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Location: UFOUpDatesList.Com > 2011 > Sep > Sep 29

Re: D'oh! Light Speed Threshold Broken?

From: Martin Shough <parcellular.nul>
Date: Wed, 28 Sep 2011 20:13:55 +0100
Archived: Thu, 29 Sep 2011 06:19:08 -0400
Subject: Re: D'oh! Light Speed Threshold Broken?

>From: Gerald O'Connell <goc.nul>
>To: post.nul
>Date: Tue, 27 Sep 2011 18:53:58 +0100
>Subject: Re: D'oh! Light Speed Threshold Broken?

>>From: Martin Shough <parcellular.nul>
>>To: <post.nul>
>>Date: Mon, 26 Sep 2011 13:00:51 +0100
>>Subject: Re: D'oh! Light Speed Threshold Broken?


>However, the next wholesale theoretical revision may still be
>such as to preserve the validity of your argument. To illustrate
>my point, I'd invite you to conduct a brief thought experiment
>in the future history of science (OK, I know this is speculation
>about speculation, but bear with me): suppose that the edifice
>has to be rebuilt with the abandonment of one key assumption,
>and suppose that assumption were to be the (very) deeply
>embedded one that the mass/energy equivalence exhausts all
>existential categories? In other words, neutrinos can exceed the
>speed of light in a vacuum because they are neither mass nor
>energy, but a third type of thing. The fact that they appear to
>have a tiny mass may turn out to be a by-product of some over-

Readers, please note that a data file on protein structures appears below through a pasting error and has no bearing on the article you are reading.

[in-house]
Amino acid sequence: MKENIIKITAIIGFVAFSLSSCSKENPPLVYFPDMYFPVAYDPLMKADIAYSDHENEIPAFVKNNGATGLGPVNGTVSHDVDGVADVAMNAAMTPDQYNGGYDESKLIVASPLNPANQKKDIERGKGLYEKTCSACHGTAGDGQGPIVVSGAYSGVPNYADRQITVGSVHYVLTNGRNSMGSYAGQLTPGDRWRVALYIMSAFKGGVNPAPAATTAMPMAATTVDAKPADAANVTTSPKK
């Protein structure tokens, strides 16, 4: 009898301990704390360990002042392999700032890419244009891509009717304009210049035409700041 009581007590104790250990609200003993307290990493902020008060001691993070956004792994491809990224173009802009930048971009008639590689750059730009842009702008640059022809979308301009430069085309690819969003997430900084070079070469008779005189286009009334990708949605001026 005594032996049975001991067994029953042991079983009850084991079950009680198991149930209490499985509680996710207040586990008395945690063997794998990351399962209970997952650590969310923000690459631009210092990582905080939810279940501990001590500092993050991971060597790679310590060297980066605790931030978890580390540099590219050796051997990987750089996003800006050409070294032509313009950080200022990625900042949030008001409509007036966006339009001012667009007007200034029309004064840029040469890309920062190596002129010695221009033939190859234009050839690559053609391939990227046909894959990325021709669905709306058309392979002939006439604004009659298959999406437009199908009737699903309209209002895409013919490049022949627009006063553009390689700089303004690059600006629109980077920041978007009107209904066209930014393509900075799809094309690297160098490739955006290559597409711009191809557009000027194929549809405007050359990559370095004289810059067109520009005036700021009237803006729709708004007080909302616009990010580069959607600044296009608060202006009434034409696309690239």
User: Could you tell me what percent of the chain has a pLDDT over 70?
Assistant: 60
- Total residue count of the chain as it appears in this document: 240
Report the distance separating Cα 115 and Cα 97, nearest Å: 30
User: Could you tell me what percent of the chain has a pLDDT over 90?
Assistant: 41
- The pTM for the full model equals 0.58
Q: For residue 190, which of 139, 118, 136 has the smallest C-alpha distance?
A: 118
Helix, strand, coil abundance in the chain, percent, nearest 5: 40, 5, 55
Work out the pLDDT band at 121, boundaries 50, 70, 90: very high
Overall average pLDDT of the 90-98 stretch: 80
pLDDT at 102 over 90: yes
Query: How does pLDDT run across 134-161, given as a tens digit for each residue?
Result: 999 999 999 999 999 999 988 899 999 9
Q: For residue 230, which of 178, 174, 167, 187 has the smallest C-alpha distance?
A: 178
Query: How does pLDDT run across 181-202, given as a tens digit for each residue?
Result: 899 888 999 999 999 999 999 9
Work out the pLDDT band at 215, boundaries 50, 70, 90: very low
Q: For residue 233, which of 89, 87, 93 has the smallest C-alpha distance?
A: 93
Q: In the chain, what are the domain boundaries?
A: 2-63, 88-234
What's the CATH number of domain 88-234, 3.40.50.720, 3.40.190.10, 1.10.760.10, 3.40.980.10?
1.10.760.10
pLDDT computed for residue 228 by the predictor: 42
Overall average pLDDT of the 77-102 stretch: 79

>arching truth about the nature of things that we just aren't
>onto yet.

Blimey, Gerald, this is tuff stuff.

That's a possibility. Some people have tried reducing everything
to a third kind of thing called information, which would be one
way to go along those lines. But something needs to stop such a
project being merely a redundant semantic reformulation of
existing physics. I agree that an experimental result like
CERN's, if robust, _could_ be it. Speculation....

One example of this type of thing that appeals to me is that it
might reveal something radical about the underlying (or
overarching, depending how you look at it) nonlocal quantum
structure which I suspect must one day be found to be dual with
spacetime. I have my own picturesque prejudices about what sort
of intervallic structure that might be.

What could it mean to say that a neutrino had arrived back in
its own past by travelling those 730 km? Inasmuch as this
implies Lorentz symmetry-breaking I suppose you could say that
it had undone its own spin, simultaneously become its own
antineutrino, and annihilated with itself to give a massless,
spin-zero, scalar Goldstone boson which can be described as the
"Higgs mode" of a mass- and gravity-donating complete graph
lattice conformal wiith the network of photon null signal lines.
(Does that really mean anything? you ask. I'm honestly not sure!
Wild speculation....)

>Alternatively, the wholesale theoretical revision that may
>invalidate your argument and cause lots of other trouble
>besides, is the one where causality is called into question.
>This is difficult to envisage and even harder to talk about!

I suppose most if not all physicists would be having the same
kind of thoughts. What if it _is_ possible to use this set-up to